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On August 22, nine teachers presented their projects to the Eastern Christian Educational Council as part of the school’s innovative Pathway Program. Developed in 2013, the leadership development program represents a distinctive of Eastern Christian and a win-win for teachers and students. 

The program provides a way for experienced teachers with a master’s to go one step further and earn a Master Teacher, Senior Specialist or an Educational Leader career designation. Teachers pursue further professional development in areas of professional passion, and tie in research projects and initiatives that will benefit the school system. It also provides teachers with an opportunity for increased compensation.

“The program is intended to support teachers who go way above and beyond the normal expectations of their classroom and will provide opportunities for them to develop additional leadership skills and broader exposure within the organization,” says Head of School Ruth Kuder.

This year, nine presenters shared projects in a small group setting using a consultancy protocol that included a presentation, time for questions and discussion, and then a presenter response and debrief. The presenting teachers were at different places in this three-year-long professional development process.

Under the curriculum category: 

  • Christina McGowan spoke on implementing best practices for reading and writing in early education. 
  • Joyce Breur presented on her continued work with middle school language arts curriculum, which included more intentionality in strengthening global competency. 
  • Stephen Bailey shared his research on improving standards for Bible education, which included proactively mitigating youth culture trends that point to declining biblical literacy.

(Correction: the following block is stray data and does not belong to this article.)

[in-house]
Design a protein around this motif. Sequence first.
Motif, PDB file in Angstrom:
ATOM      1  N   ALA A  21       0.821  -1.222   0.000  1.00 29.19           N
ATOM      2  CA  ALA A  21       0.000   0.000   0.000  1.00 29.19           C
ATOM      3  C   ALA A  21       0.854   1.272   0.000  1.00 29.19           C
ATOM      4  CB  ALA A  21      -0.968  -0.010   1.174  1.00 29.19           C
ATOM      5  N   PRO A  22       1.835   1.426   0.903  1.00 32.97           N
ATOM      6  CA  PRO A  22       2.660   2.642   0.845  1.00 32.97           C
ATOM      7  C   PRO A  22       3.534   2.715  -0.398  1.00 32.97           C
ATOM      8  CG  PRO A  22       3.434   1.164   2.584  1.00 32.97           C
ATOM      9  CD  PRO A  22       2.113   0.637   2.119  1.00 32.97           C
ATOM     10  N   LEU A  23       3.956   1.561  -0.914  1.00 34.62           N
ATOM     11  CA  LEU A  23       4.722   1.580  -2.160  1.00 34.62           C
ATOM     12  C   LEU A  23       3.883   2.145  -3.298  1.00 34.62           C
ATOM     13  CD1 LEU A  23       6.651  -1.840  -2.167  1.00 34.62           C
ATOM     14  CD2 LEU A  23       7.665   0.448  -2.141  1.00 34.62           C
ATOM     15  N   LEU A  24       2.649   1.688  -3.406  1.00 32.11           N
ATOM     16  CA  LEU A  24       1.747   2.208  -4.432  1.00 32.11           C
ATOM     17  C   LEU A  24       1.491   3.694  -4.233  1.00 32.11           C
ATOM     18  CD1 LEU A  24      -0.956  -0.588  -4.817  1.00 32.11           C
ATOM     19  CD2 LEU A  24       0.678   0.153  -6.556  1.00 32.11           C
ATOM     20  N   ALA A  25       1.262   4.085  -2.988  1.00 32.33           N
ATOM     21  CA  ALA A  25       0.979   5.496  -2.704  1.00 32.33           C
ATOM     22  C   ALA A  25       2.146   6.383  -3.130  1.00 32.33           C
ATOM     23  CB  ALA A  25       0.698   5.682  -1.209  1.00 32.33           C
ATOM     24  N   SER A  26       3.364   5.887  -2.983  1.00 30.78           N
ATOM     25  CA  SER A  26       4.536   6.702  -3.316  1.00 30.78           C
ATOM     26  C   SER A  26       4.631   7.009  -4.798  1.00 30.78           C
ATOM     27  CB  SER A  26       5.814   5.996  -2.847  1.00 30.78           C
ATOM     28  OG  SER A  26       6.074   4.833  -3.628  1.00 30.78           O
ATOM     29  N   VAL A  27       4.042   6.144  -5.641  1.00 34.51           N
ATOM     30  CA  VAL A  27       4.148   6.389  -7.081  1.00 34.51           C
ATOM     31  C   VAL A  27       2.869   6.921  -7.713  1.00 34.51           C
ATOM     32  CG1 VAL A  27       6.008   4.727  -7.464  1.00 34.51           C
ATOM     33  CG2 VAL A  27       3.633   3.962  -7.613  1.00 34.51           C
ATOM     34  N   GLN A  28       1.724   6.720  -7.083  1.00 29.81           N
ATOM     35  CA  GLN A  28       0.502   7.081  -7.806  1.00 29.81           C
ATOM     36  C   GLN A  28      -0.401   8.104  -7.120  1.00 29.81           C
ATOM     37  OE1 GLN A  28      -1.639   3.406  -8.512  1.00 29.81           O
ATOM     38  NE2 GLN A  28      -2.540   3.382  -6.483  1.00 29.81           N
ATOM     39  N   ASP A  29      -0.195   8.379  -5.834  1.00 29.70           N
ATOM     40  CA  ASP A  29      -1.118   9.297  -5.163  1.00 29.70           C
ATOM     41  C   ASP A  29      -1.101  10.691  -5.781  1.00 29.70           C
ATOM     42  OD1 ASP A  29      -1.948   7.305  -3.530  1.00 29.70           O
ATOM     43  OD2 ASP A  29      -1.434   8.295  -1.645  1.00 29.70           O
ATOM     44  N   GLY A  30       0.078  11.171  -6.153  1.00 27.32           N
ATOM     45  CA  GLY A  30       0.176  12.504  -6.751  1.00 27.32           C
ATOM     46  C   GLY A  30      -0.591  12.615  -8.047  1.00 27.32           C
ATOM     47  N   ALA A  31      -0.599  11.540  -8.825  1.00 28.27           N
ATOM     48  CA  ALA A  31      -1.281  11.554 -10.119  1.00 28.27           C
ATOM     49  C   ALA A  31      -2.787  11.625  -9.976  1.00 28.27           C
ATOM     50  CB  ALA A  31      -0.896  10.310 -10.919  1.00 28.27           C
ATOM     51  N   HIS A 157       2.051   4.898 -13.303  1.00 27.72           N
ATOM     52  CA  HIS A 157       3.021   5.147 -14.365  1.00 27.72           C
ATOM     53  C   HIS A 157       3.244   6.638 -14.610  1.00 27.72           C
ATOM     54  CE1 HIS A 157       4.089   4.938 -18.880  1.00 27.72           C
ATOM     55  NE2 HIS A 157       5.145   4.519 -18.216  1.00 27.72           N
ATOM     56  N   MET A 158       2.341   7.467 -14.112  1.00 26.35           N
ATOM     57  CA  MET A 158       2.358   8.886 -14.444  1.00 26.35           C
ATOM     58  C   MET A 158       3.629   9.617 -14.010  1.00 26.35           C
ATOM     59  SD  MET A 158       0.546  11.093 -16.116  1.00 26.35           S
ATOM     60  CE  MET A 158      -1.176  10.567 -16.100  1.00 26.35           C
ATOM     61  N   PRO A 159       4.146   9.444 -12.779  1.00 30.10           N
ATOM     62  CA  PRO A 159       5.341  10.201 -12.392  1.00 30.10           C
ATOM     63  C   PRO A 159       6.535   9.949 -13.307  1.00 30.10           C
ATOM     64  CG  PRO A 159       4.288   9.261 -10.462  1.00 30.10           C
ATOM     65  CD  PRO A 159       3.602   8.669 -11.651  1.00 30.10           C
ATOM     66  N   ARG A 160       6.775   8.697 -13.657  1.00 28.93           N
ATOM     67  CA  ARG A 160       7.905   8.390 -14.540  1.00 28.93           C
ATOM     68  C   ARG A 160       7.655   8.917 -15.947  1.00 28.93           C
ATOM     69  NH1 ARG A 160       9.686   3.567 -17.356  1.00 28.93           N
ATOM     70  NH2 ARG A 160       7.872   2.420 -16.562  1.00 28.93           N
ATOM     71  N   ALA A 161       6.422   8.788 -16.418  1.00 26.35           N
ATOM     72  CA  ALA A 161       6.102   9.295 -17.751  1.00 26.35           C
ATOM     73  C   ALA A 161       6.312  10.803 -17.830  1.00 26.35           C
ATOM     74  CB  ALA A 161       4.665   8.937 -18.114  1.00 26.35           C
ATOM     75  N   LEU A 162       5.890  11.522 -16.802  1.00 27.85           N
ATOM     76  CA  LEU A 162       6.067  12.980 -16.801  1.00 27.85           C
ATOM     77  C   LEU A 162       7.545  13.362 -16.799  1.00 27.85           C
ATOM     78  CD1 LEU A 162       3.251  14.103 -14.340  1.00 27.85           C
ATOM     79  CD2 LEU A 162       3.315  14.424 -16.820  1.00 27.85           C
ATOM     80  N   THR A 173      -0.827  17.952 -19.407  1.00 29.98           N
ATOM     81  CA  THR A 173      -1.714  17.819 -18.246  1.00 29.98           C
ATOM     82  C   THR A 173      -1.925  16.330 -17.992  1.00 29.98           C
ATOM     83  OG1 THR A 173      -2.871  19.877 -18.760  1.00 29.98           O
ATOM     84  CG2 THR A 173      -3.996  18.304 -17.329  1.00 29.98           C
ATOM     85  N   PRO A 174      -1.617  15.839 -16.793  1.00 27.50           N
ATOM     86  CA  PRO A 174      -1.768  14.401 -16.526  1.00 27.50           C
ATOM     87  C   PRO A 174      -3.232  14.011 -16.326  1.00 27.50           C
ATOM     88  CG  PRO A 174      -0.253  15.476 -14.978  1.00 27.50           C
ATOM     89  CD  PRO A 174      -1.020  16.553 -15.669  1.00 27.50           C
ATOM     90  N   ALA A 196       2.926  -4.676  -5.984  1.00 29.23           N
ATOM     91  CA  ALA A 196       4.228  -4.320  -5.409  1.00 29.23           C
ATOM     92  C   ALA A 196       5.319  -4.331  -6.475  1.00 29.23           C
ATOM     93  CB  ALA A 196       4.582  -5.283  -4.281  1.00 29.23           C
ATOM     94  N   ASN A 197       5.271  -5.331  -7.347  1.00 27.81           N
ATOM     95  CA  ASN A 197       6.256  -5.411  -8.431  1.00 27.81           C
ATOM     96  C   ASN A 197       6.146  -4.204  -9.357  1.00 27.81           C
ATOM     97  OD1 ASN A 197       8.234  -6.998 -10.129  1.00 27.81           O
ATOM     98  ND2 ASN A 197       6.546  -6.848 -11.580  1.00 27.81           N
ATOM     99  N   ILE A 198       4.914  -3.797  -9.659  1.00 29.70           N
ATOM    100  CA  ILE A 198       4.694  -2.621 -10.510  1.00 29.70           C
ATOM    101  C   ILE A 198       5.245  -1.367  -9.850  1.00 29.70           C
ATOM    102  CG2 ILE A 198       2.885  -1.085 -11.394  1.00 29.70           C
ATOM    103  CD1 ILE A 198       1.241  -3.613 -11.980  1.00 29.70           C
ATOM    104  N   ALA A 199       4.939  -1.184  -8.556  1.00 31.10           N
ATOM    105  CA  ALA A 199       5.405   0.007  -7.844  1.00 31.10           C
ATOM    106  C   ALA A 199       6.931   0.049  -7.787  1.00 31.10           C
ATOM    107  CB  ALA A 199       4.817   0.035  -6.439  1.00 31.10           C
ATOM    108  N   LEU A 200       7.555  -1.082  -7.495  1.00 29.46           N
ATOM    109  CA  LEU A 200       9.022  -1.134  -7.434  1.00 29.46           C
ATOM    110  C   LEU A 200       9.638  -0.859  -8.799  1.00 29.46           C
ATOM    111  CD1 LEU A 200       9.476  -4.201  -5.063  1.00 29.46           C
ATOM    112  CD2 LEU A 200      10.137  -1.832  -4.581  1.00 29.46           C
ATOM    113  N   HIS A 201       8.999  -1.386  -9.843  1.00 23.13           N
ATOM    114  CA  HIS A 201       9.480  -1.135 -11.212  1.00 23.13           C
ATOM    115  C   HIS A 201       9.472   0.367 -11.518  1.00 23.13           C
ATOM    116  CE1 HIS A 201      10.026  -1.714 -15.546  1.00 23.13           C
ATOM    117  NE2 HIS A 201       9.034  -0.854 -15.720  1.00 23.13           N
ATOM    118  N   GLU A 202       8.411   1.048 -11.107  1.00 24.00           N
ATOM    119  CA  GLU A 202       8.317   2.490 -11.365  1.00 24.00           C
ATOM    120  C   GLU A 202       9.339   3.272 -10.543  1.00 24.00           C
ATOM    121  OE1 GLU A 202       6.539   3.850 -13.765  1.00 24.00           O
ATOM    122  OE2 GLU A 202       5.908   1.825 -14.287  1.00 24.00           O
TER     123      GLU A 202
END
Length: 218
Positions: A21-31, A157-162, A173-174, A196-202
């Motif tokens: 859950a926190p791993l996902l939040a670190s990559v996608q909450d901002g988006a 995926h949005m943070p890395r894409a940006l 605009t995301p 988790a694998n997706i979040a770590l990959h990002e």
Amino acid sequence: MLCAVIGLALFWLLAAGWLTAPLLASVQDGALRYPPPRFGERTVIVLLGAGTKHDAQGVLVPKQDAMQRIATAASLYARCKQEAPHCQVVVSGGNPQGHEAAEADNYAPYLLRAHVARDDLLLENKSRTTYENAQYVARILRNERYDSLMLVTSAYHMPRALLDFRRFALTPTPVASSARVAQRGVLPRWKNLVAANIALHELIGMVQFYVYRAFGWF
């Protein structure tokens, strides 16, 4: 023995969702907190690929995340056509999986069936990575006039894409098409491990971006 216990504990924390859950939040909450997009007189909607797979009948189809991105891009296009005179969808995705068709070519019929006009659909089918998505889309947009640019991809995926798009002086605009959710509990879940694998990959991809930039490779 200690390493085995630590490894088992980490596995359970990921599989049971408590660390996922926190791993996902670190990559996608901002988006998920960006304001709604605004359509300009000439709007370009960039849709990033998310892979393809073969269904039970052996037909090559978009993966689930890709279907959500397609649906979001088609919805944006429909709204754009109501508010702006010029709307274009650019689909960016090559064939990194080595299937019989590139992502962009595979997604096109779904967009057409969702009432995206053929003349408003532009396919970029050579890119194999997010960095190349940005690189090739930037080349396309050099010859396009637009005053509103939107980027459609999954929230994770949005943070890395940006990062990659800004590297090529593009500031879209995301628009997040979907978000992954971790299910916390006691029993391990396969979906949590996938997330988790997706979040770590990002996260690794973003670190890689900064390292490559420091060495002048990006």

In regards to promoting a safe and nurturing environment

  • Alyssa Westra explained her goals for the Responsive Classroom teacher methodology, a methodology that is rooted in creating safe, joyful and engaging learning communities. 
  • Jessica Truran presented her continued work on trauma-informed teaching. 
  • Esther Kim discussed culturally responsive curriculum, the facilitation of which increases student academic engagement and strengthens implementation of core values at the school.

Finally, on teacher support and development:

  • Donna Furrey explained her goals to increase math fluency for all types of learners, and then share these math resources to colleagues.
  • Tim Steen showed his work on digitizing teacher professional development at the master-teacher level, as well as his next step to bring it to the school’s larger Professional Development Academy. 
  • Jim Uitermarkt unveiled a plan for instructional coaching of new teachers, and in particular adopting a coaching cycle modeled after educational best practices that promote a growth mindset. 

“Teachers are the ones most directly responsible for student growth, which is at the heart of our work. We believe that excellent teaching results in students who meet our mission of developing students’ gifts so they are ‘empowered to act as Christ’s transforming agents in a global society.’ Eastern Christian School is committed to supporting teachers in their own learning and growth,” Kuder adds.

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